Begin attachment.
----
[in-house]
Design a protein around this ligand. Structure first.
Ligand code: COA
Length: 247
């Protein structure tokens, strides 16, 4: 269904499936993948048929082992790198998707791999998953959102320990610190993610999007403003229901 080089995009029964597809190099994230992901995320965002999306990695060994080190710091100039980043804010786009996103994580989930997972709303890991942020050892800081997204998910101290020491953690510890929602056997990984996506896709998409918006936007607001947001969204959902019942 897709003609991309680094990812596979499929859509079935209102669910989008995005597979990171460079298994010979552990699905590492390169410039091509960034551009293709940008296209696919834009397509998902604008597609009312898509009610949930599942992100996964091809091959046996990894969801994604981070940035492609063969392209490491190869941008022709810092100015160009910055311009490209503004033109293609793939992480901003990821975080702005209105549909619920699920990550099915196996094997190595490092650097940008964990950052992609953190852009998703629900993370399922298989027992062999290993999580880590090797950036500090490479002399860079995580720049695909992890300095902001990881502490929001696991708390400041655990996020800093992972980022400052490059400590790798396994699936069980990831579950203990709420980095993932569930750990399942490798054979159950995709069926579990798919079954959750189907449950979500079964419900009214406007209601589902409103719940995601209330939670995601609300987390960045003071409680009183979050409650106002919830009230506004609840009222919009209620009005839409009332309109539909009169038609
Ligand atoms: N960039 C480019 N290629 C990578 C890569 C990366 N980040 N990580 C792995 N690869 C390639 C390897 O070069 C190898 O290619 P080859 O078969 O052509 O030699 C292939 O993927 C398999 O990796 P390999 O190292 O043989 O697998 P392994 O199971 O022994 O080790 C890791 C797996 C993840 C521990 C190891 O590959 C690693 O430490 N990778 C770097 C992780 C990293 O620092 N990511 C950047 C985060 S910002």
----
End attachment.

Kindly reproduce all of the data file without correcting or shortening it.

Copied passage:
[in-house]
Design a protein around this ligand. Structure first.
Ligand code: COA
Length: 247
């Protein structure tokens, strides 16, 4: 269904499936993948048929082992790198998707791999998953959102320990610190993610999007403003229901 080089995009029964597809190099994230992901995320965002999306990695060994080190710091100039980043804010786009996103994580989930997972709303890991942020050892800081997204998910101290020491953690510890929602056997990984996506896709998409918006936007607001947001969204959902019942 897709003609991309680094990812596979499929859509079935209102669910989008995005597979990171460079298994010979552990699905590492390169410039091509960034551009293709940008296209696919834009397509998902604008597609009312898509009610949930599942992100996964091809091959046996990894969801994604981070940035492609063969392209490491190869941008022709810092100015160009910055311009490209503004033109293609793939992480901003990821975080702005209105549909619920699920990550099915196996094997190595490092650097940008964990950052992609953190852009998703629900993370399922298989027992062999290993999580880590090797950036500090490479002399860079995580720049695909992890300095902001990881502490929001696991708390400041655990996020800093992972980022400052490059400590790798396994699936069980990831579950203990709420980095993932569930750990399942490798054979159950995709069926579990798919079954959750189907449950979500079964419900009214406007209601589902409103719940995601209330939670995601609300987390960045003071409680009183979050409650106002919830009230506004609840009222919009209620009005839409009332309109539909009169038609
Ligand atoms: N960039 C480019 N290629 C990578 C890569 C990366 N980040 N990580 C792995 N690869 C390639 C390897 O070069 C190898 O290619 P080859 O078969 O052509 O030699 C292939 O993927 C398999 O990796 P390999 O190292 O043989 O697998 P392994 O199971 O022994 O080790 C890791 C797996 C993840 C521990 C190891 O590959 C690693 O430490 N990778 C770097 C992780 C990293 O620092 N990511 C950047 C985060 S910002």